0 0 23454545 23454545 0 0
0 0 23454545 23454545 0 0
0 0 23454545 23454545 0 0
0 0 23454545 23454545 0 0
0 0 86000000 86000000 0 0

The clocks of the individual modules, AMX, ADX, AFC, SFC, MIXER, and others, are internally driven by the APE clock.

The clock for all codec drivers (I2S, XBAR, etc.) are switched off in the idle state. They are turned on when audio playback or capture begins.

Dynamic PLL_A Rate Update

PLL_A is a clock source provided by IGX Orin processors for audio needs. Its primary function is to source the clocking requirements of I2S modules. The AUD_MCLK clock is also derived from PLL_A.

IGX Orin devices support two families of sample rates:

  • Multiples of 8 Kbps (8x): 8000, 16000, 24000, 32000, 48000, 96000, and 192000 Hz

  • Multiples of 11.025  Kbps (11.025x): 11025, 22050, 44100, 88200, and 176400 Hz

A single PLL_A base rate cannot support both families of rates. Therefore, separate base rates are used for 8x and 11.025x. The machine driver sets the rate of PLL_A at run time, depending on the incoming stream’s sample rate. Thus users can play and capture at a rate from either list above.

IGX Orin devices support one or more High Definition Audio (HDA) interfaces through on-board HDMI and DP ports. These interfaces can be used to perform high-quality audio rendering on devices like TVs and A/V receivers. These HDA interfaces are available on IGX Orin:

  • One DP output (can support single or multiple streams)

  • One HDMI input for HDMI-IN.

HDMI and DP interfaces can be connected using the respective connectors.

Features Supported

IGX Orin High Definition Audio supports the following features:

  • Compliant with High Definition Audio Specification Revision 1.0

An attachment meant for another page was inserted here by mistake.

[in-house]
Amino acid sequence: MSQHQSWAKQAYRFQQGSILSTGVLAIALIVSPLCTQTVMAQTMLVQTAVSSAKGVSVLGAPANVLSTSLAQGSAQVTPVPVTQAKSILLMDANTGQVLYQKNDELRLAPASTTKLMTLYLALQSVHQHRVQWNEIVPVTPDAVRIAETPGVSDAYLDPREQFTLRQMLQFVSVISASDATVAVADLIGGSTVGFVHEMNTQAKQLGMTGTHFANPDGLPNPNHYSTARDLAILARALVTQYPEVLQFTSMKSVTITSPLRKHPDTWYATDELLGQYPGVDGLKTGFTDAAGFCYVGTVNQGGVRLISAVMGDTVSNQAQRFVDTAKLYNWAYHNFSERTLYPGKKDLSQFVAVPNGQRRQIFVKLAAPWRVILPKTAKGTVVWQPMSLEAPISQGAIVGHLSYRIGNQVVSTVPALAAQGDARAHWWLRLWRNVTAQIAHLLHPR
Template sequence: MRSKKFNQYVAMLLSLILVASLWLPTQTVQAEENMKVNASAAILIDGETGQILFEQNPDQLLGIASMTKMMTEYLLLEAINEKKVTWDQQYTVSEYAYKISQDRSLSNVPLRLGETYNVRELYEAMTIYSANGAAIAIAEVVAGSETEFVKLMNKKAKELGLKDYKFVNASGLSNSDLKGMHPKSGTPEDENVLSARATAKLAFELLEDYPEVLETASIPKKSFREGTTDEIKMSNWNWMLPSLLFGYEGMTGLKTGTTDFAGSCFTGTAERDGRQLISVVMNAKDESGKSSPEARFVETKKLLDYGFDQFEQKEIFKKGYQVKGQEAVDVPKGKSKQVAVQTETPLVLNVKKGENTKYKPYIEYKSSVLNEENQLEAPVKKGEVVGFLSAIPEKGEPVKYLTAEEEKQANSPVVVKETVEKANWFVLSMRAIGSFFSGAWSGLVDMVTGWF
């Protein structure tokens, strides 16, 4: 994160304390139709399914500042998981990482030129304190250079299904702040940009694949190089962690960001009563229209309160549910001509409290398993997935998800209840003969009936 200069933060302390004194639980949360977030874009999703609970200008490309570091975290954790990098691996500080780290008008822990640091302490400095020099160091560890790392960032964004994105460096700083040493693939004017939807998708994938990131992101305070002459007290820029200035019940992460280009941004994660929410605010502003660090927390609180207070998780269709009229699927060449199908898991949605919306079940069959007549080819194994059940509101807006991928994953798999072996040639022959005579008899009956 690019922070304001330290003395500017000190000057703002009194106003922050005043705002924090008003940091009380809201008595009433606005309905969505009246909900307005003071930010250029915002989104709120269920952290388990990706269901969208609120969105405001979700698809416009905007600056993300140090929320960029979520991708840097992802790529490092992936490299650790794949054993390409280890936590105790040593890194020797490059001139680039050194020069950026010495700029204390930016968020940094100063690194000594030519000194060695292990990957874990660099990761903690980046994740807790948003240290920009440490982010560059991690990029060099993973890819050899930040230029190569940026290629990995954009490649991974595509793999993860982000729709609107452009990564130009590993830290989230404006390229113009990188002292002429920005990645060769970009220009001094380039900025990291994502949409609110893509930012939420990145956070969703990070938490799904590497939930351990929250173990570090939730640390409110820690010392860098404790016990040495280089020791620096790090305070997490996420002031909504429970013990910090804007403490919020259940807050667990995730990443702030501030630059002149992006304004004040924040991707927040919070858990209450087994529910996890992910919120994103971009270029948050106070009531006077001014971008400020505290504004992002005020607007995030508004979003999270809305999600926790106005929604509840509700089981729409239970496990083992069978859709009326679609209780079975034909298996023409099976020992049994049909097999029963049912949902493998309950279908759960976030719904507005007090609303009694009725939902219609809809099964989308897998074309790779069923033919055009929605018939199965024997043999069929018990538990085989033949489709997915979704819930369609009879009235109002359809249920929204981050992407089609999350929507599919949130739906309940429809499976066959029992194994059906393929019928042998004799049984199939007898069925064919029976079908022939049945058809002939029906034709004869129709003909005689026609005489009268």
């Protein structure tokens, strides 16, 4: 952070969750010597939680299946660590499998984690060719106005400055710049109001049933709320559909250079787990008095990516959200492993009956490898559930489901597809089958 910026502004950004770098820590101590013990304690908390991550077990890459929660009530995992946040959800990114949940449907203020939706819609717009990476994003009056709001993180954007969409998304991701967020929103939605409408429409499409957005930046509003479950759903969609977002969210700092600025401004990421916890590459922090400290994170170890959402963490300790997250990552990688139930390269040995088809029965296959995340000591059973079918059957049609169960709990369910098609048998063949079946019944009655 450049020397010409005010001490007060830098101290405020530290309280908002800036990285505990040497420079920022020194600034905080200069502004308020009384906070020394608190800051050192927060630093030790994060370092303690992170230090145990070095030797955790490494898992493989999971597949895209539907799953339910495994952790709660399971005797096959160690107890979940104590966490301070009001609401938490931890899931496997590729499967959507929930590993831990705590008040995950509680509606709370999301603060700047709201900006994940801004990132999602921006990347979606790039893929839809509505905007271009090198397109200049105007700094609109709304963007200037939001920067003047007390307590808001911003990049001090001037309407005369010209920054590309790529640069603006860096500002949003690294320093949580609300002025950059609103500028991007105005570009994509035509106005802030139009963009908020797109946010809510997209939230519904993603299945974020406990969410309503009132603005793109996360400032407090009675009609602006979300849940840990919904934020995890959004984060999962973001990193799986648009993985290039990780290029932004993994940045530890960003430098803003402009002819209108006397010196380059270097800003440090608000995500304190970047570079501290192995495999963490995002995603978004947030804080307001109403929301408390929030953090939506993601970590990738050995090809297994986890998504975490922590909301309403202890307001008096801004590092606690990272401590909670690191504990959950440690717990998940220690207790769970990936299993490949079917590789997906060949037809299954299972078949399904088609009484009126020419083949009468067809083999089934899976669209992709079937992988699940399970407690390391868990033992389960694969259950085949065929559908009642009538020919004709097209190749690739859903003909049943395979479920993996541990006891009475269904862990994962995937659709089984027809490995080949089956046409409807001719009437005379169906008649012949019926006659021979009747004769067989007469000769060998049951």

• Supports HDMI 1.3a and DP

  • Audio Format Support

    • Channels: 2 to 8

    • Sample size: 16 bits (S16_LE) or 24 bits (S32_LE)

    • Sample rate:

      • 32000, 44100, 48000, 88200, 96000, 176400, or 192000 Hz (HDMI)

      • 32000, 44100, 48000, 88200, or 96000 Hz (DP)

If you experience issues when playing high resolution audio formats (using multichannel output or a high sampling rate), even with an audio format that your monitor supports, this is because the available audio bandwidth depends on the HDMI configuration, increasing with higher display resolutions.

If you encounter issues when playing a high resolution audio format, NVIDIA recommends that you set your display resolution to at least the level that corresponds to your audio format in the following table. This table is taken from the HDMI 1.3a specification document.

Note

Two-channel PCM can never exceed 192 kHz. Higher values indicate higher frame rates that can be used for compressed streams.

Suggested Display Resolutions

Display Resolution

Format Timing

Pixel Repetition

Maximum fs 8 Channels (Hz)

Maximum Frame Rate 2 Channels Compressed

SuperAudio CD Channel Count

none 48000 192 2
2 88200 192 2
4 192000 768 8
2 88200 192 2
4 192000 768 8
none 48000 192 2
2 176400 384 8
4 192000 768 8
none 192000 768 8
none 192000 768 8
none 192000 768 8

Software Driver Details

HDA interfaces are accessible through standard ALSA interfaces. Use the aplay utility for rendering audio:

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$ aplay -Dhw:HDA,<devID> <wav_in>